01/29/2021 / By Arsenio Toledo
The head of the U.K. Information Commissioner’s Office has warned the government that Wuhan coronavirus (COVID-19) vaccine passports could pose data privacy risks and create artificial divisions in society between those who have received their shots and those who haven’t.
The U.K. parliament’s Digital, Culture, Media and Sports Subcommittee on Online Harms and Disinformation asked Information Commissioner Elizabeth Denham regarding the possibility of using “special passports” that can inform travel authorities of whether somebody has received the coronavirus vaccine. This would allow those who have been inoculated to travel more freely than those who haven’t.
Denham answered that while such a scheme is possible, there are two significant concerns regarding its implementation.
First, Denham warned that creating a vaccine passport would create a “two-tier system” in society. This would grant people who have received the coronavirus vaccine more freedoms than those who have not. As such, a significant portion of society would suddenly be discriminated against due to their reluctance or inability to get vaccinated. (Related: Here it comes: If you want to board a plane or travel internationally, you’re going to have to have a COVID “vaccine passport.”)
“They touch on human rights,” she said, regarding the passport. “They touch on whether or not we’re going to create a two-tier society based on whether you have a jab in the arm, and the concerns over whether or not this is ‘identity by the back door.'”
Secondly, Denham is concerned with the potential criticisms the vaccine passport would face regarding the necessity of sharing private health data with the government.
“We’re talking about personal health information, which is a special category of data that requires controls,” she said.
Denham concluded that while she believes some good can come from using vaccine passports, it will only work if the British public trusts the government and trusts the system it has put in place to keep health data secure.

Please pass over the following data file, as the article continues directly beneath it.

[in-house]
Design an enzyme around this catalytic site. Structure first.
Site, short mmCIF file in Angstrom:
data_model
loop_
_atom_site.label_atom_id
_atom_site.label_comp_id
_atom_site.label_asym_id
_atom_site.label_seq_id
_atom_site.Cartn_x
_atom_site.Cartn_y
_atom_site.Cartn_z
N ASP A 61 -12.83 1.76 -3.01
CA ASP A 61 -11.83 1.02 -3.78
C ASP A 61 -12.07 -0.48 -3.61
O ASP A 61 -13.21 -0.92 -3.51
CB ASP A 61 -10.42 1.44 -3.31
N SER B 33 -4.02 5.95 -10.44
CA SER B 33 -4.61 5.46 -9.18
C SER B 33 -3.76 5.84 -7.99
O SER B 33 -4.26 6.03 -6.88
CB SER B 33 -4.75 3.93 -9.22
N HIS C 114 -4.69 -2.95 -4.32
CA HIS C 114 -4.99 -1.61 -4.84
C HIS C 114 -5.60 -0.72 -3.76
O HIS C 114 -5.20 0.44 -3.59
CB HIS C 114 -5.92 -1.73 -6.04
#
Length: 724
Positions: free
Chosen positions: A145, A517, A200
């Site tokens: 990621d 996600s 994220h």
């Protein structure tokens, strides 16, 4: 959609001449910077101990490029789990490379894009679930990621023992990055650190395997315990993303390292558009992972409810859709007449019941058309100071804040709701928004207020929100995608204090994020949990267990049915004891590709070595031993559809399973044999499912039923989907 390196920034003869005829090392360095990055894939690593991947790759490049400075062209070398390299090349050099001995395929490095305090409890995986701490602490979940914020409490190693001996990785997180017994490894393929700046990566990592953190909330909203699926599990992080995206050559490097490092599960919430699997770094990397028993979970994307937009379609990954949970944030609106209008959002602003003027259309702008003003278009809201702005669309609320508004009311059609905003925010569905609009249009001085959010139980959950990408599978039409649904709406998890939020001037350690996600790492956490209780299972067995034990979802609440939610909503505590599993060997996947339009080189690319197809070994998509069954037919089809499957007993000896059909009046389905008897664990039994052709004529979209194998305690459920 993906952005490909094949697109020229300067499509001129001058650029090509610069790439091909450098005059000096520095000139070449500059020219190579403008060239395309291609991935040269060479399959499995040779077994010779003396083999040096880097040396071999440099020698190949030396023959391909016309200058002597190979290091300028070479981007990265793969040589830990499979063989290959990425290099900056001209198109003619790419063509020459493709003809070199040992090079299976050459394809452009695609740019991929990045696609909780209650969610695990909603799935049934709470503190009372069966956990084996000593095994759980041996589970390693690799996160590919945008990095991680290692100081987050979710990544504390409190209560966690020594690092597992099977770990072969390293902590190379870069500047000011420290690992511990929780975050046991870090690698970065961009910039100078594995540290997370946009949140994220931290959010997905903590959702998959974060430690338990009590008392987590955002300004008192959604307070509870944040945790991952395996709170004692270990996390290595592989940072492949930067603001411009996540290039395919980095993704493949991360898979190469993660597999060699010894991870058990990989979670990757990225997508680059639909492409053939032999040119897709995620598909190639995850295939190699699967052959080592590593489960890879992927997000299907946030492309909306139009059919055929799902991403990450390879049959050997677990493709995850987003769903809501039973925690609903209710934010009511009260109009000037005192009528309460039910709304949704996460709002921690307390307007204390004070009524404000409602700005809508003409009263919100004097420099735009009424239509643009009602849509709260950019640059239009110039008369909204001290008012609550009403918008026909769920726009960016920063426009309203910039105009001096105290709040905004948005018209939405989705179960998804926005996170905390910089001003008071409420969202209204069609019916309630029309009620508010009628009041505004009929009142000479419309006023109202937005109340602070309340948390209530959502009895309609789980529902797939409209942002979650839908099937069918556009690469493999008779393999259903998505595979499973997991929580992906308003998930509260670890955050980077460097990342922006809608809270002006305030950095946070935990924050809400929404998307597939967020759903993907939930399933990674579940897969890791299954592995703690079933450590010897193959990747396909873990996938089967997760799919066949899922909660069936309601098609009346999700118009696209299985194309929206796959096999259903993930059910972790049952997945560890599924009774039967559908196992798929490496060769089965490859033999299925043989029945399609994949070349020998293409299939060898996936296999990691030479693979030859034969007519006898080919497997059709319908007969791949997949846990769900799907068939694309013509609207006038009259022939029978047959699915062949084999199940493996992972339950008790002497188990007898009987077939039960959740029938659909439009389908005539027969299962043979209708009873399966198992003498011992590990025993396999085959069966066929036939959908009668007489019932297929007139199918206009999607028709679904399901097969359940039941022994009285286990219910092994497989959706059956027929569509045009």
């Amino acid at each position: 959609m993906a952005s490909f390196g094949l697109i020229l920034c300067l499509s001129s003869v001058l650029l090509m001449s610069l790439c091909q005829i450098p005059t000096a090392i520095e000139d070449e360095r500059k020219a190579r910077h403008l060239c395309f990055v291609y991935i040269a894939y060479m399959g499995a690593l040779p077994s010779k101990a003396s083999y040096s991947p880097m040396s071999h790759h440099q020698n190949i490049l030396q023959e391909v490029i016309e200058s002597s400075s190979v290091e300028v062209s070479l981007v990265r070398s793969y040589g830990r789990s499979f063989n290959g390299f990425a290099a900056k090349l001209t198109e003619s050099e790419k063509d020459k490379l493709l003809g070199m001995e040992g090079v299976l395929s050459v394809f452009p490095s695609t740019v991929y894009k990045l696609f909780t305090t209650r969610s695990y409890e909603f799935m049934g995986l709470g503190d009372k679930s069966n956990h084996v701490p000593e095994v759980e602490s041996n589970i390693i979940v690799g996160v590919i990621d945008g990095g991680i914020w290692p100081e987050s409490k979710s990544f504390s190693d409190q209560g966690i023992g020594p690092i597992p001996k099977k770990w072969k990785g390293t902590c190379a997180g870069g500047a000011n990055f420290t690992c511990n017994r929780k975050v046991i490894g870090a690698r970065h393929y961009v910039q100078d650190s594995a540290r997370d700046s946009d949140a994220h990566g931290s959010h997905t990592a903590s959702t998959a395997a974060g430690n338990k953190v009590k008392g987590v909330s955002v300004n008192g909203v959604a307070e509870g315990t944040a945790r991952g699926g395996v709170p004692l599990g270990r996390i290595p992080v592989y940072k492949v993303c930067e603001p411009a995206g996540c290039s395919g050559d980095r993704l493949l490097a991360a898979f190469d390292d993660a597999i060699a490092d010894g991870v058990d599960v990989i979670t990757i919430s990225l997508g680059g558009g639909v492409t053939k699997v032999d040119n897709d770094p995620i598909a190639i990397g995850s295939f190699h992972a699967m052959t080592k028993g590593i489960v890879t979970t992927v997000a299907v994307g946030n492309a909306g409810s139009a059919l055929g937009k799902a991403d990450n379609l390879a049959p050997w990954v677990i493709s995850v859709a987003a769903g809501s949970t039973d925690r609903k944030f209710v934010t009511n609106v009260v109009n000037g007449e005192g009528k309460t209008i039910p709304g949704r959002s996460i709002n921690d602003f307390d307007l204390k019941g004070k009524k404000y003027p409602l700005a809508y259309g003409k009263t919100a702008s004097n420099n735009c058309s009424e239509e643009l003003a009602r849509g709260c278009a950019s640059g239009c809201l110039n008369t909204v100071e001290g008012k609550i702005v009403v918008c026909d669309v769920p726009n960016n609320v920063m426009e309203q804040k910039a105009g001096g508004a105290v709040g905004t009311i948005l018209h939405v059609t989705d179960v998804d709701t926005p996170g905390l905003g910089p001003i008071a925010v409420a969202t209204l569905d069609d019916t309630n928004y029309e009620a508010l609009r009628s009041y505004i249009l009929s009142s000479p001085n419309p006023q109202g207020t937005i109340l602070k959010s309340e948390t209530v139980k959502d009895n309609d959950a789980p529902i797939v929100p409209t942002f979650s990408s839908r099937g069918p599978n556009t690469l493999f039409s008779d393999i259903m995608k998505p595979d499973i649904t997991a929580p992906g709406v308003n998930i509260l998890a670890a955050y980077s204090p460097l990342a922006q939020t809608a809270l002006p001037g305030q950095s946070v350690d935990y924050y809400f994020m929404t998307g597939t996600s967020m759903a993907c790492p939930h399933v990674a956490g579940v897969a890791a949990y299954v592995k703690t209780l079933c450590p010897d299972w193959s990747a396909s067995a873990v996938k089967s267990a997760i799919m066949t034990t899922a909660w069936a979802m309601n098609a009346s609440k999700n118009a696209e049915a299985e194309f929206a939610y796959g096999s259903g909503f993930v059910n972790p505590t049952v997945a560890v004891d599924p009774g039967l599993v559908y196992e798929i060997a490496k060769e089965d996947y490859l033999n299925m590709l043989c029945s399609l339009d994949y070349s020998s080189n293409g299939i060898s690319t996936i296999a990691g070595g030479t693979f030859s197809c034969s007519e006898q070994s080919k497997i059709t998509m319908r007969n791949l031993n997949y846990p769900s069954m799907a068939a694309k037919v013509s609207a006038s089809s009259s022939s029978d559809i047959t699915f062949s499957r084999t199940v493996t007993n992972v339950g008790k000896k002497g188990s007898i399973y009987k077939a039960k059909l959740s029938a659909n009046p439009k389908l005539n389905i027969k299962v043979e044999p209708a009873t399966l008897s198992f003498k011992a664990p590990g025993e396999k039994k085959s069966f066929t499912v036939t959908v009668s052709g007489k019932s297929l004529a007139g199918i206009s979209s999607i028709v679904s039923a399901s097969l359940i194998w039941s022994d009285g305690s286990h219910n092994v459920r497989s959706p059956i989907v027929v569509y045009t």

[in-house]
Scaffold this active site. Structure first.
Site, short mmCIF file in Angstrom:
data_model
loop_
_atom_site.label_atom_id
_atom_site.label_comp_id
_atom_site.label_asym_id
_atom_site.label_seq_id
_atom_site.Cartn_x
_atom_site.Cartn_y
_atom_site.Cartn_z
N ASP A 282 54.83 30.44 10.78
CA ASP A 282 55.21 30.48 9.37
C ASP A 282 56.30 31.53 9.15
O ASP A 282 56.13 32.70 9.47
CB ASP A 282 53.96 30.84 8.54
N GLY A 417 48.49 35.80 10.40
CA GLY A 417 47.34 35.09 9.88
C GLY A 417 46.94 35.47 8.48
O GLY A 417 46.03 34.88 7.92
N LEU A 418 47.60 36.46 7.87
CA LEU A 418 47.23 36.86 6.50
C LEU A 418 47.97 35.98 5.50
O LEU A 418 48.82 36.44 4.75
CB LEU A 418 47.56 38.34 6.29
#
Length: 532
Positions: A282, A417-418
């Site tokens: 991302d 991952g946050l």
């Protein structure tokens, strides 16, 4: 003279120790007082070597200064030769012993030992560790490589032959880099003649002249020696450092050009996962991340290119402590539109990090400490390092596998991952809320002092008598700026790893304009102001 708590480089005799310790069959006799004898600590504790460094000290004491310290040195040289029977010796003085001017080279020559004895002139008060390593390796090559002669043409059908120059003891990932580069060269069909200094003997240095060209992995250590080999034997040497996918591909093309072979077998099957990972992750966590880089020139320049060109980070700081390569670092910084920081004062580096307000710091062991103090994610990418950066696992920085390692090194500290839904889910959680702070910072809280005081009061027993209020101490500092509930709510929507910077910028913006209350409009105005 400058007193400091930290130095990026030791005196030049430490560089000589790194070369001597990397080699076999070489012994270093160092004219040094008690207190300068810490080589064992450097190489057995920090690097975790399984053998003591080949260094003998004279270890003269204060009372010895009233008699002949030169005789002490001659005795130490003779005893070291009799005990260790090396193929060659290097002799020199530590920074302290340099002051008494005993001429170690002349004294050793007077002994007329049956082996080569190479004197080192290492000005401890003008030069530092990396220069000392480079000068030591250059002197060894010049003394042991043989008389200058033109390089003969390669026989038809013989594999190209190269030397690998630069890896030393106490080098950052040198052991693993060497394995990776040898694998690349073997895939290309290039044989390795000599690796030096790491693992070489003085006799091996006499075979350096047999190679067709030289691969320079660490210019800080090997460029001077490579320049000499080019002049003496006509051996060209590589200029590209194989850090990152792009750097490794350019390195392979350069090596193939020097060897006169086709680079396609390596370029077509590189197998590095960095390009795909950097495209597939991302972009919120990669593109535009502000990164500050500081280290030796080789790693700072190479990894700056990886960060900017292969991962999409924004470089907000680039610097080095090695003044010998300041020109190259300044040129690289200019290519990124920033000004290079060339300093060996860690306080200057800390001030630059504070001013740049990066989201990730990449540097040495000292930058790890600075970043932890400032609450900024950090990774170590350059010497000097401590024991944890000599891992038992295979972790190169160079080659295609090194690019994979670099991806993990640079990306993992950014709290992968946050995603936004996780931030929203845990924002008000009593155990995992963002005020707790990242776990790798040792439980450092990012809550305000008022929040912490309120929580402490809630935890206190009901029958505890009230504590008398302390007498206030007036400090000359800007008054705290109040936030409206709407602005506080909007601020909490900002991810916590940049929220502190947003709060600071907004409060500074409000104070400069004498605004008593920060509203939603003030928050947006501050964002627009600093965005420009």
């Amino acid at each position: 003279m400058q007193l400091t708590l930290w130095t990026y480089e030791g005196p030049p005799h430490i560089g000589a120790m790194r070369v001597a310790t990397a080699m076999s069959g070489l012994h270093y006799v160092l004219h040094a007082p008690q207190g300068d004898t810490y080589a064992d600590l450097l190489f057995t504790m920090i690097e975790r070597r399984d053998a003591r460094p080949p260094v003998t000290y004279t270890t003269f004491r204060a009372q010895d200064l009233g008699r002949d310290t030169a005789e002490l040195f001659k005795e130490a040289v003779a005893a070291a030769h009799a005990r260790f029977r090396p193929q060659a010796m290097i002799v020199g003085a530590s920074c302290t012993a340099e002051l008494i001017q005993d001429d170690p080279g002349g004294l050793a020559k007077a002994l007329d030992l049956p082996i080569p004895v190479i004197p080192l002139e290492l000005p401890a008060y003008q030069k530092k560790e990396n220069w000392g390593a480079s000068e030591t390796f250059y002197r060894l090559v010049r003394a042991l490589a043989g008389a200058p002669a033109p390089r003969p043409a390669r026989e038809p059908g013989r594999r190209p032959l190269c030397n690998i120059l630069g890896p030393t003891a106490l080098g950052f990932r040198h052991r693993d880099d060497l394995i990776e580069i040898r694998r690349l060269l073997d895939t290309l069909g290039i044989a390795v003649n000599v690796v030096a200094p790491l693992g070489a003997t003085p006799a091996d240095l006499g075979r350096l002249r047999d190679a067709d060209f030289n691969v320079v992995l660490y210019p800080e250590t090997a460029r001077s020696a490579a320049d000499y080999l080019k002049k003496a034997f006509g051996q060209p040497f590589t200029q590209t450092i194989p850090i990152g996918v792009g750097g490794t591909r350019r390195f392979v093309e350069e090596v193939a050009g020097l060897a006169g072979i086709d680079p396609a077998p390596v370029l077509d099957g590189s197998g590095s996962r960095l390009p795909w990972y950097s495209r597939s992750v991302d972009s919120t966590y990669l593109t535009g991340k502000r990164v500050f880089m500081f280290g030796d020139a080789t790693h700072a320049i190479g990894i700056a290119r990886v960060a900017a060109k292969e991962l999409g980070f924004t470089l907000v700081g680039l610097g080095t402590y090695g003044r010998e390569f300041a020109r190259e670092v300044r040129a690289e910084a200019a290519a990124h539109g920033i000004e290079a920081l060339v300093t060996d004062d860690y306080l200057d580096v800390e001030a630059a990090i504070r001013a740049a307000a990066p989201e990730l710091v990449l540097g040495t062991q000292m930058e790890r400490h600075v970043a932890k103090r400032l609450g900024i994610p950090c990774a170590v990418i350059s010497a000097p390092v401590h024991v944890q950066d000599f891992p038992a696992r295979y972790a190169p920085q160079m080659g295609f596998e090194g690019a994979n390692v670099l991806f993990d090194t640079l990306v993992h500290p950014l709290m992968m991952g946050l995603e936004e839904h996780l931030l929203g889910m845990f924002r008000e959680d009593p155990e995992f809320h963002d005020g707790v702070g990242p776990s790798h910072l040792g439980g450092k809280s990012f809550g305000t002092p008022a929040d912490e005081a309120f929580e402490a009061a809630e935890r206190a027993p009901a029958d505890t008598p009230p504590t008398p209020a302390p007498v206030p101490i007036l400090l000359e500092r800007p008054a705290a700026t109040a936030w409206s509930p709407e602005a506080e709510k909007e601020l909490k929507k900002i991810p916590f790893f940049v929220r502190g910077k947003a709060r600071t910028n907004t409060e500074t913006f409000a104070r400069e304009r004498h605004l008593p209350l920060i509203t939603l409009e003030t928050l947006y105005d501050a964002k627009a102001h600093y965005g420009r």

“People have to trust the government when they bring in these initiatives to understand what’s the purpose, to narrow it as much as possible and make sure at the end of the day, that their civil liberties, human rights and data protection are respected.”
At least eight British companies have already been awarded government grants to develop a scheme for rolling out vaccination passports. The projects, which are worth a total of £ 450,000 ($617,900), are supposed to allow British citizens to securely carry digital proof of their coronavirus vaccinations. The British government hopes that this scheme can help revitalize an appetite for international travel.
Even as the U.K. mulls their use, vaccine passports have already become a reality in many countries. These nations believe having a complete vaccination record can better protect their territories against another coronavirus outbreak.
For countries like Seychelles, Romania and Cyprus, visitors who are able to present proof that they have received the two doses of the coronavirus vaccine can get their quarantine requirements waived. Other countries like Iceland and Hungary grant similar privileges to people who’ve recovered from COVID-19.
Business groups, primarily those invested in restarting the tourism and airline industries, are now raising the prospect of using proof of vaccination or recovery as a kind of “golden ticket” that can help give new life to these industries.
While the mandatory use of vaccine passports may start with the travel and tourism industries, if its implementation is successful its use can be expanded to include restaurants, bars, cinemas and other entertainment and leisure facilities that have been closed down for most of 2020.
Some tech companies like IBM are already attempting to capitalize on the proposed vaccine passports by developing apps where individuals can upload their COVID-19 test or vaccination details. This may make it easier for businesses in the travel, tourism, leisure and entertainment industries to become profitable ventures once again.
But as Denham pointed out, it will inevitably lead to a society with two tiers – the vaccinated and the unvaccinated, with the former group being given significantly more leeway regarding where they can spend their leisure time.
Unfortunately, without significant pushback, it appears unlikely that these issues will be resolved soon, as many world leaders and international organizations, including the United Nations, are committed to both the vaccine rollout and the adoption of vaccine passports.
Zurab Pololikashvili, Secretary-General of the United Nations World Tourism Organization, called for the creation of vaccine passports as part of a set of measures to help get the tourism industry in motion once again.
“The rollout of vaccines is a step in the right direction,” he said during a meeting of the UNWTO’s Global Tourism Crisis Committee in Madrid. “But the restart of tourism cannot wait. Vaccines must be part of a wider, coordinated approach that includes certificates and passes for safe cross-border travel.”
Learn more about how business groups and international organizations are attempting to further justify the use of coronavirus vaccines by reading the latest articles at Vaccines.news.
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